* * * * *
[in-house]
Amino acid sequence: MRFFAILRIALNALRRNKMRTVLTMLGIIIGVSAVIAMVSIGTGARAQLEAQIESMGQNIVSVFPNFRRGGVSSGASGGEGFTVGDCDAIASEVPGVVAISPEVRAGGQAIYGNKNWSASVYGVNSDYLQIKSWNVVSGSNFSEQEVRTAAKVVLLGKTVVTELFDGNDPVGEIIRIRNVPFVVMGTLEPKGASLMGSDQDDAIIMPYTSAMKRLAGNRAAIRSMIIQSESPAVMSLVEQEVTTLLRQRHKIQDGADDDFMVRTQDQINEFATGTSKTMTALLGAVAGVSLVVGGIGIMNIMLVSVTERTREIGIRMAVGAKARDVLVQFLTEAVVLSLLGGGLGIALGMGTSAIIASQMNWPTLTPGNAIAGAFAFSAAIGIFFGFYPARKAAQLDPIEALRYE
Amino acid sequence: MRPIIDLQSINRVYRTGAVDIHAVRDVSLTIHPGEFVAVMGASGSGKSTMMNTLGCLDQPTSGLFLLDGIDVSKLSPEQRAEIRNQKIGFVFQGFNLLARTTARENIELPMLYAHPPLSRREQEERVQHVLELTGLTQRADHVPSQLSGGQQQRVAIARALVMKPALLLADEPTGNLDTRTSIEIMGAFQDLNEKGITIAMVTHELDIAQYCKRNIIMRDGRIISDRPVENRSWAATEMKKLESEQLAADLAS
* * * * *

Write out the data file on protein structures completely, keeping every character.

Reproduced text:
[in-house]
Amino acid sequence: MRFFAILRIALNALRRNKMRTVLTMLGIIIGVSAVIAMVSIGTGARAQLEAQIESMGQNIVSVFPNFRRGGVSSGASGGEGFTVGDCDAIASEVPGVVAISPEVRAGGQAIYGNKNWSASVYGVNSDYLQIKSWNVVSGSNFSEQEVRTAAKVVLLGKTVVTELFDGNDPVGEIIRIRNVPFVVMGTLEPKGASLMGSDQDDAIIMPYTSAMKRLAGNRAAIRSMIIQSESPAVMSLVEQEVTTLLRQRHKIQDGADDDFMVRTQDQINEFATGTSKTMTALLGAVAGVSLVVGGIGIMNIMLVSVTERTREIGIRMAVGAKARDVLVQFLTEAVVLSLLGGGLGIALGMGTSAIIASQMNWPTLTPGNAIAGAFAFSAAIGIFFGFYPARKAAQLDPIEALRYE
Amino acid sequence: MRPIIDLQSINRVYRTGAVDIHAVRDVSLTIHPGEFVAVMGASGSGKSTMMNTLGCLDQPTSGLFLLDGIDVSKLSPEQRAEIRNQKIGFVFQGFNLLARTTARENIELPMLYAHPPLSRREQEERVQHVLELTGLTQRADHVPSQLSGGQQQRVAIARALVMKPALLLADEPTGNLDTRTSIEIMGAFQDLNEKGITIAMVTHELDIAQYCKRNIIMRDGRIISDRPVENRSWAATEMKKLESEQLAADLAS